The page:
Skip to main content
You are here

Sustainability at UC Davis

By Andy Fell on December 9, 2015 in

The University of California, Davis, is committed to environmental sustainability on and off campus. Along with other UC campuses, UC Davis is one of over 200 universities and colleges to sign the American Campuses Act on Climate Pledge. UC Davis, and the entire UC system, have committed to be carbon-neutral by 2025.

----------------------------------------------------------------------

  • UC Davis solar plant generates 14 percent of campus needs
  • UC Davis West Village a lab for zero-net energy development
  • Solar Decathlon a win for affordable housing 
  • UC Davis pioneers water saving for wine industry
  • Helping replenish California's groundwater
  • Saving water at UC Davis
  • Smarter lighting and better energy use at UC Davis

----------------------------------------------------------------------

UC Davis solar plant generates 14 percent of campus needs

The UC Davis campus is home to a 62-acre solar power plant, the largest in the UC system and thought to be the largest of its type on any U.S. college campus. Built and operated by SunPower, the plant generates 14 percent of electricity needs for the Davis campus and will reduce the campus’s carbon footprint by an estimated 9 percent, or 14,000 metric tons. Combined with other purchases of solar and hydroelectric energy, the plant is part of UC Davis’ plan to obtain 60 percent of its electricity needs from renewable and carbon-neutral sources by 2017.

Additional information:

Media contact(s):

----------------------------------------------------------------------

UC Davis West Village a lab for zero-net energy development

UC Davis West Village, the nation’s largest planned zero net energy community, continues to work toward its goal of producing 100 percent of the energy it uses. From September 2013 to August 2014, the community generated 82 percent of the energy it consumed, according to a recent report by UC Davis and the West Village Community Partnership LLC.

Neighborhoods and buildings are increasingly being designed and promoted as zero net energy, but whether they can meet that goal can only be verified with real residents and businesses in place. Opened in 2011, West Village now houses nearly 2,000 residents, mostly UC Davis students, as well as several UC Davis energy and transportation research centers and the Honda Smart Home. It serves as a living laboratory that explores how zero net energy design works in practice and has attracted worldwide interest.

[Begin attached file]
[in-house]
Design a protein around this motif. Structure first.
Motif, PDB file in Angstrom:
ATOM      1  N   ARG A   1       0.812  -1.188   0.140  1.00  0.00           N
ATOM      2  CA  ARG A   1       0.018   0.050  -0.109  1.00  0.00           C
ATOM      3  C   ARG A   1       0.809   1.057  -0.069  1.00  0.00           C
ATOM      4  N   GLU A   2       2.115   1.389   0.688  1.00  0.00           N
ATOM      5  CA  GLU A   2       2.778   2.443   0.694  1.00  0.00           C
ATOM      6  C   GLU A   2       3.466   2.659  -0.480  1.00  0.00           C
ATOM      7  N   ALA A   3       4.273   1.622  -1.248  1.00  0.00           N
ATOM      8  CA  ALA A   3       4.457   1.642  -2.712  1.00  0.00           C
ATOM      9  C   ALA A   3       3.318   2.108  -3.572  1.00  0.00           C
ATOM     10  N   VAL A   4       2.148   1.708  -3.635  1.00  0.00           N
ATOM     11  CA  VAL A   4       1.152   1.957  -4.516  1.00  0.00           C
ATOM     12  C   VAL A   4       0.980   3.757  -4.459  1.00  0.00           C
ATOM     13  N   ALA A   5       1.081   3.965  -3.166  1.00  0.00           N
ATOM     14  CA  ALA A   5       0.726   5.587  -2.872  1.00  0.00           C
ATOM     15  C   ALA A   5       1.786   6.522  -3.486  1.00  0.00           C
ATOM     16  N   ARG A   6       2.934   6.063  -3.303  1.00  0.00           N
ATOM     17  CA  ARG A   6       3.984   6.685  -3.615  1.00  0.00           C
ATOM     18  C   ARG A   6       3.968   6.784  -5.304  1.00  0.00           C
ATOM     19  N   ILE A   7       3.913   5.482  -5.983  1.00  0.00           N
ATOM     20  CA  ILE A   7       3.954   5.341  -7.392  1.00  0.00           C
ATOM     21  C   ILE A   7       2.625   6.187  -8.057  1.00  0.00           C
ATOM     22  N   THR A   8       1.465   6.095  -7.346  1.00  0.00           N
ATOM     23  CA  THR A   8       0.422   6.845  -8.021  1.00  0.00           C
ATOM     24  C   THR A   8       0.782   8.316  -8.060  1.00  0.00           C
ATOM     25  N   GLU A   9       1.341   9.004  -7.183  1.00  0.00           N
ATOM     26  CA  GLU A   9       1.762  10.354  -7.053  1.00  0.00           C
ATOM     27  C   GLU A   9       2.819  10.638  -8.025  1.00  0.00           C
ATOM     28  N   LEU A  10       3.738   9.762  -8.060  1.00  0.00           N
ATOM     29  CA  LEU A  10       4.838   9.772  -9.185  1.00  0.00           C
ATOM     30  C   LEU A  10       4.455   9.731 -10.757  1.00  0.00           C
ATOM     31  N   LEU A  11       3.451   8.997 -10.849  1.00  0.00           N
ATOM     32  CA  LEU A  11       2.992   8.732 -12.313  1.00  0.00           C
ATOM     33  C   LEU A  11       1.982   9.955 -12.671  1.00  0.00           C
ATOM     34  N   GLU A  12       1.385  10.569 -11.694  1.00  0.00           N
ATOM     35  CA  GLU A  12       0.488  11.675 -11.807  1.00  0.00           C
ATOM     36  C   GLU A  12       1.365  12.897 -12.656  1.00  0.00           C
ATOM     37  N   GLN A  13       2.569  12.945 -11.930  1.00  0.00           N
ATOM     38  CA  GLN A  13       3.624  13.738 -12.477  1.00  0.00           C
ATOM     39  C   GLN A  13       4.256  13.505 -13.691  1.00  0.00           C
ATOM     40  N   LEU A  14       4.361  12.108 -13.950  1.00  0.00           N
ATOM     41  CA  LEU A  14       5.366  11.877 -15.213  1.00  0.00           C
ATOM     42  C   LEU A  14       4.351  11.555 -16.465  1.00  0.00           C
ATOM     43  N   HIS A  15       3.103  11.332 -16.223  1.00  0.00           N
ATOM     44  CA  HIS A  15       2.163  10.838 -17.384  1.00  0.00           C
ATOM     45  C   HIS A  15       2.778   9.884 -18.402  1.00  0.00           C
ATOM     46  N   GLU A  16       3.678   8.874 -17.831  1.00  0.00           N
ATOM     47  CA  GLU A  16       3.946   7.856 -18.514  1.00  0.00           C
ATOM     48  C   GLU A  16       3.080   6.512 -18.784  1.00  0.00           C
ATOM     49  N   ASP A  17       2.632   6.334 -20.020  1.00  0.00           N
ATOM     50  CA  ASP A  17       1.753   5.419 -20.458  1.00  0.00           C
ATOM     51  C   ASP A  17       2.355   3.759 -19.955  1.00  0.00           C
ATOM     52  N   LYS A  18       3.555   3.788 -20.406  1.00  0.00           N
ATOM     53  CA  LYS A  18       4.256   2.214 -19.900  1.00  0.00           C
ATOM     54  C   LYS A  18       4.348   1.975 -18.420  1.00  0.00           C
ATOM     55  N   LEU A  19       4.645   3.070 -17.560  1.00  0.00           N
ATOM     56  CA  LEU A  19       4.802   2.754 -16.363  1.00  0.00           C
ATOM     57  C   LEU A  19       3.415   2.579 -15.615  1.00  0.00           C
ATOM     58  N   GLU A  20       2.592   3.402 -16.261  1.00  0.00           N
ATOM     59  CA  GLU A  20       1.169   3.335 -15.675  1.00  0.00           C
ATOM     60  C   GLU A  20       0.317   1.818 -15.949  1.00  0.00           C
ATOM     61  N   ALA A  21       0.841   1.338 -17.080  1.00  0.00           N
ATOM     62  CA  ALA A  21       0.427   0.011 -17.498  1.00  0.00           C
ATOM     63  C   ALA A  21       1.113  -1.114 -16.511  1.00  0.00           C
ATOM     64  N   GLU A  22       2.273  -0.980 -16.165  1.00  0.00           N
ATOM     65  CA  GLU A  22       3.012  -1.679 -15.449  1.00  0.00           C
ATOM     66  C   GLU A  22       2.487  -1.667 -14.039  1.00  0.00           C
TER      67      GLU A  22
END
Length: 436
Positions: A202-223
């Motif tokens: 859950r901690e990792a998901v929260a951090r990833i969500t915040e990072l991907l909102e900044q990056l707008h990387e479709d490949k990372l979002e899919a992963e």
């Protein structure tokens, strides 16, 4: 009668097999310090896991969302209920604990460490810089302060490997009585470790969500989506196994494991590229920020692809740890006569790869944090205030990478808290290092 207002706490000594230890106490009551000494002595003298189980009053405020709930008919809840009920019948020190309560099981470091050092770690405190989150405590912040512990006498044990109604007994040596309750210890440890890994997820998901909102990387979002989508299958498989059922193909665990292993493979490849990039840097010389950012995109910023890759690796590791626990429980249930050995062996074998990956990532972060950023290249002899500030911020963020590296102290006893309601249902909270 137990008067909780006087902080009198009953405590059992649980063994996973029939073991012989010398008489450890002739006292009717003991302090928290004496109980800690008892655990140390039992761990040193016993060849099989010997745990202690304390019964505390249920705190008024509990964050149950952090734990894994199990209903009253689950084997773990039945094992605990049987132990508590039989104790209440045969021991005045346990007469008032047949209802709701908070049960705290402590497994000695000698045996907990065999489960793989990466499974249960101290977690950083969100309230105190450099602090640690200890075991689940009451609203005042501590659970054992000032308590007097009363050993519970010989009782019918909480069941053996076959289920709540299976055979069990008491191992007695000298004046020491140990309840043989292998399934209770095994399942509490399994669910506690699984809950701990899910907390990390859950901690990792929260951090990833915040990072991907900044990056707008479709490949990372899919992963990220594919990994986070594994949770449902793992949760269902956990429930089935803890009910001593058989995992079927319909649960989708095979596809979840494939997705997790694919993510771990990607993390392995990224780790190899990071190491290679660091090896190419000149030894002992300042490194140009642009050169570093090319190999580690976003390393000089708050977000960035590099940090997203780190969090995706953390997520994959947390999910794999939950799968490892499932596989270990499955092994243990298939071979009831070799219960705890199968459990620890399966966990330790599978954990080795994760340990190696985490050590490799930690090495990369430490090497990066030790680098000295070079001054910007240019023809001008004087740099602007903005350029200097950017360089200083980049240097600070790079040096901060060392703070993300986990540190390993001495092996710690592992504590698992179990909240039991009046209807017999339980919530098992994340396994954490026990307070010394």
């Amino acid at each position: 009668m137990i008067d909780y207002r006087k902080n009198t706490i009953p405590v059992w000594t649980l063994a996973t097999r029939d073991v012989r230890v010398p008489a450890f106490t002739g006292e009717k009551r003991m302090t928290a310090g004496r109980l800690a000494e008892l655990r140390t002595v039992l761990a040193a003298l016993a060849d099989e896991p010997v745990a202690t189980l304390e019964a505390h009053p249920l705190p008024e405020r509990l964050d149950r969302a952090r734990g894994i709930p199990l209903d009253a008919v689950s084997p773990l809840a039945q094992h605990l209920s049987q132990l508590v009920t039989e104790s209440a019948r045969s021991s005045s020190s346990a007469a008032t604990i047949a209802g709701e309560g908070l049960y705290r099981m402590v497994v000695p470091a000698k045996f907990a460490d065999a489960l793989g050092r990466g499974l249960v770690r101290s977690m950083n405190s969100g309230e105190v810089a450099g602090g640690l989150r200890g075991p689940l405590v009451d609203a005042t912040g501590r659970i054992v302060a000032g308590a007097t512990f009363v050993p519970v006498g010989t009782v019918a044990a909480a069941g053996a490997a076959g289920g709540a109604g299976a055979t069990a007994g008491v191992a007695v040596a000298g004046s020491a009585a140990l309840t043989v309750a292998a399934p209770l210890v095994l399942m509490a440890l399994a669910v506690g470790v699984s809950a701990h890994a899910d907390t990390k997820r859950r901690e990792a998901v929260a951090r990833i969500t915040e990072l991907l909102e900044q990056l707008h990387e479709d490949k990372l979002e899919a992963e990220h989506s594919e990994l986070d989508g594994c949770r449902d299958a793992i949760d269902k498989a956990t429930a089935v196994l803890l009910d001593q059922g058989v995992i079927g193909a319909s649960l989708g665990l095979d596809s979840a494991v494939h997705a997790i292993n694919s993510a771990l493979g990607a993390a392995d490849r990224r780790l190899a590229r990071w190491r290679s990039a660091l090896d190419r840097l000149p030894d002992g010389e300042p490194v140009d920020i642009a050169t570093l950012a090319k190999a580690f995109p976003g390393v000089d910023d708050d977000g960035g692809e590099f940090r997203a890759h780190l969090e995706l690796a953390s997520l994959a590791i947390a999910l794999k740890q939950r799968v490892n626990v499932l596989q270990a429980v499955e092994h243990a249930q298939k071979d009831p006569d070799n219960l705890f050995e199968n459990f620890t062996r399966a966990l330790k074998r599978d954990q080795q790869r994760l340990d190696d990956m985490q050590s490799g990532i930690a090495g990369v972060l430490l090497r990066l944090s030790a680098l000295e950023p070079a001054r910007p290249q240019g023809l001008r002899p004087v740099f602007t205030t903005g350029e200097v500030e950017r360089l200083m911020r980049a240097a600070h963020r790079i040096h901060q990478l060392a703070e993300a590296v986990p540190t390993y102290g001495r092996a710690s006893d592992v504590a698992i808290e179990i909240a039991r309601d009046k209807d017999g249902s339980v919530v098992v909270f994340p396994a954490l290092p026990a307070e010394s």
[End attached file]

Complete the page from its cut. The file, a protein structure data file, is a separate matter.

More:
Additional information:

Media contact(s):

----------------------------------------------------------------------

Solar Decathlon a win for affordable housing

Can zero-net energy construction be affordable for farmworker housing? The UC Davis students of Team Aggie Sol proved it with their entry for the U.S. Department of Energy’s Solar Decathlon, winning first place in the category of affordability. Their 1,000-square foot home included innovations such as a roof that collects rainwater that is circulated for heating and cooling the home.

The competition ran for two years and involved more than 300 UC Davis students with a core team of 40. Finals were held at UC Irvine in October. The team plans to reassemble the home at a campus location. 

Additional information:

Media contact(s):

----------------------------------------------------------------------

UC Davis pioneers water saving for wine industry

UC Davis scientists are showing winemakers how they can use less water and energy and run sustainable operations  — aiming to reduce water use from more than 6 gallons per gallon of wine down to just 1 gallon of water per gallon of wine.

A two-year study of wineries in the Napa and Lodi regions, led by Maya Buelow of UC Davis, found that wastewater from washing and cleaning in wineries can be used to irrigate vineyards. Cleaning agents add salts to wastewater that are not removed by treatment, but the study found that levels of salts at the wineries were usually below thresholds to pose a hazard for most wine grape rootstocks and soils. Similar approaches could be used in other agricultural operations, such as dairy, pork, poultry and food processing.